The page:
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  • Ethan Rogacion

Impact Of Public Service Job Cuts Felt By Would-Be Public Servants


This time of year is typically the peak recruitment season for summer internships and graduate roles, especially for those wanting to apply for roles in the public service. However, following the Government’s programme of job cuts to a number of ministries and other public agencies, this may prove more challenging for anyone looking to do so this year.

Students currently applying for internships in the public sector may have noticed that multiple agencies have also rolled back programmes for university students, with some programmes disappearing entirely from websites. MBIE, for example, typically runs graduate and summer internship programmes - however, the Ministry’s website currently only hosts information about applications from last year’s intake.

Jennifer Nathan, MBIE’s Chief People Officer, told Salient that the Ministry is currently undergoing active “formal change consultation” with regard to cuts. Nathan did not provide further comment about what the impact this would have on the future of these programmes, because consultation is active. 

MBIE confirmed that “All external recruitment has been paused and this includes graduate recruitment,” adding it “will continue to consider the context for our [programmes] to ensure they align with any changes in our organisational environment.”

The Government Legal Network—which runs clerkships and graduate programmes for law students on behalf of Crown Law—have also paused its recruitment for this year. A spokesperson told Salient that this is in order for Crown Law to “consider our ongoing work programme and priorities which will include delivery of the Summer Clerk Programme in the future.” 

While this is happening in the context of broad cuts across the public sector, GLN also told Salient that there has been “no specific instruction has been given [by the Attorney-General] regarding the GLN Summer Clerk and graduate programme”.

In an apparent coincidence (albeit a poorly timed one), this is not the only instance of a Ministry pausing internships unrelated to its ongoing cuts. The Ministry of Education which, as reported by RNZ has so far cut 565 roles, is temporarily pausing its internship recruitment, but has said that this is “not linked to the change process”.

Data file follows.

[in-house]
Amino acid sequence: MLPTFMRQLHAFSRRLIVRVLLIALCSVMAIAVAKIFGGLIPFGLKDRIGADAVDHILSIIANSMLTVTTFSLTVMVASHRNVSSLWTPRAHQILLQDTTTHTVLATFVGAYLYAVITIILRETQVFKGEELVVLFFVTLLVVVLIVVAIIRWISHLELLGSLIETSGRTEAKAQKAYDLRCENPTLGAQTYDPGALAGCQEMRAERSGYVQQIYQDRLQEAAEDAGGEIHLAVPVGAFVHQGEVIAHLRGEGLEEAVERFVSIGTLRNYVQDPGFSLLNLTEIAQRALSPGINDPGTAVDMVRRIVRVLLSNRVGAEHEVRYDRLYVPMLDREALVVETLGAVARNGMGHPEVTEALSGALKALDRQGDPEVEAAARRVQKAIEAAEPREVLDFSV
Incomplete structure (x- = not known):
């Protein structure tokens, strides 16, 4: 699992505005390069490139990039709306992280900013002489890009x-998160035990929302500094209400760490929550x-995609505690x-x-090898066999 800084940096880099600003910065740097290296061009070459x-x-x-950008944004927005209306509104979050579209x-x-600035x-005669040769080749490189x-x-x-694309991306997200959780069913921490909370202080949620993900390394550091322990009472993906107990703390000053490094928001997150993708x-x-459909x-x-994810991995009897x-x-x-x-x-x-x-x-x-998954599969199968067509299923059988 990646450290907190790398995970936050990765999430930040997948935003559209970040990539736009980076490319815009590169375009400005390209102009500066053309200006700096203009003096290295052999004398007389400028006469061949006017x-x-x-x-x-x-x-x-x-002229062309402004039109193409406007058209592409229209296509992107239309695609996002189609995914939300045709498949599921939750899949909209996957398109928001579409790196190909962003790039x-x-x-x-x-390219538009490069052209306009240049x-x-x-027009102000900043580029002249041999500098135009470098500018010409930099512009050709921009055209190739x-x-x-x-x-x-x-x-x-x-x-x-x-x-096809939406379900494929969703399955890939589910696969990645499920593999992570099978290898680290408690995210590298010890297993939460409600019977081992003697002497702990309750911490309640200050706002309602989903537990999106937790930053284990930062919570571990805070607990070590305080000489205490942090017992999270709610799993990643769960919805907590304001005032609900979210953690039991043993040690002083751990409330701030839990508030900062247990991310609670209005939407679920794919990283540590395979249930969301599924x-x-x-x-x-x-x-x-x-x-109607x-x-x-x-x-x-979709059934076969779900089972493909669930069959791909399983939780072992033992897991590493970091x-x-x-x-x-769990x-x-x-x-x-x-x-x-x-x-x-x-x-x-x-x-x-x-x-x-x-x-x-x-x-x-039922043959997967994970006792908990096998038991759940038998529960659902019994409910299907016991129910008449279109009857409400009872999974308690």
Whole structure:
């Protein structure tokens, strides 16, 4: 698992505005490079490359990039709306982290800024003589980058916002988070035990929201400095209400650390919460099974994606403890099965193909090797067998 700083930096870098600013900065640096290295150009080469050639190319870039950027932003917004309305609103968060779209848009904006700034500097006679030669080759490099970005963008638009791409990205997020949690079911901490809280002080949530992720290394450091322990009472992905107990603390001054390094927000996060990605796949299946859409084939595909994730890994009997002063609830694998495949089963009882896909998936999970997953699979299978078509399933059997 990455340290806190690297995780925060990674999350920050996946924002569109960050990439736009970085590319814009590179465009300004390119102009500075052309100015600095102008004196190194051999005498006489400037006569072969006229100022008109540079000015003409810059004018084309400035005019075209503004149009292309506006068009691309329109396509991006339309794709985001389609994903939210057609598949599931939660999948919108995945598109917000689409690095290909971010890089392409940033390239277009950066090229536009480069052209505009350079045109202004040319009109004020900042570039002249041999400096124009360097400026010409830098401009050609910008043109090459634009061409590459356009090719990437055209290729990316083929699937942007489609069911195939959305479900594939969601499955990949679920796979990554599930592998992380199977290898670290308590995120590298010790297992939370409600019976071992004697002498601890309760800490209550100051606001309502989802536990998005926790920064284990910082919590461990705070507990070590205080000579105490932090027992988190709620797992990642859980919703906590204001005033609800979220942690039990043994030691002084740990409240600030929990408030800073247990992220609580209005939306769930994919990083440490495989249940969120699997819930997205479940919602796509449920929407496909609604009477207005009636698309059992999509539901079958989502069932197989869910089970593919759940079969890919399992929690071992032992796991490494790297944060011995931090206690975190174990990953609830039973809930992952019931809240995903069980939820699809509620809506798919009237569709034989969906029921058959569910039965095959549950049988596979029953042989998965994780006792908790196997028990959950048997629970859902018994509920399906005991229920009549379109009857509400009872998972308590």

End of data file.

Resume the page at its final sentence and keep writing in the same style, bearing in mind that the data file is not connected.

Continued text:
Nicola Willis, Minister for the Public Service, has not been advised of the impact that cuts will have on people seeking public service internships and graduate programmes. “Our expectation is that every Government agency will ensure they are structured to support effective delivery of frontline public services to New Zealanders,” she said.

Manager of Wellington Careers and Employment, Andrew Tui, told Salient, “Our Careers and Employment team have had some students mention they are concerned about the impact of the public service job cuts on future employment opportunities, but the team is not aware of any students struggling to find public service opportunities at the moment.”

Tui’s gave this advice for students thinking of joining the public service during a period of historic job cuts: “We want our students to be best prepared for future employment—this includes having the ability to tailor applications, an ability to connect with employers and networks, the confidence to use LinkedIn, and knowing how to research industries of interest.” Just know that even for the most confident LinkedIn users among us, having a hard time in the job market might not be all down to your CV.


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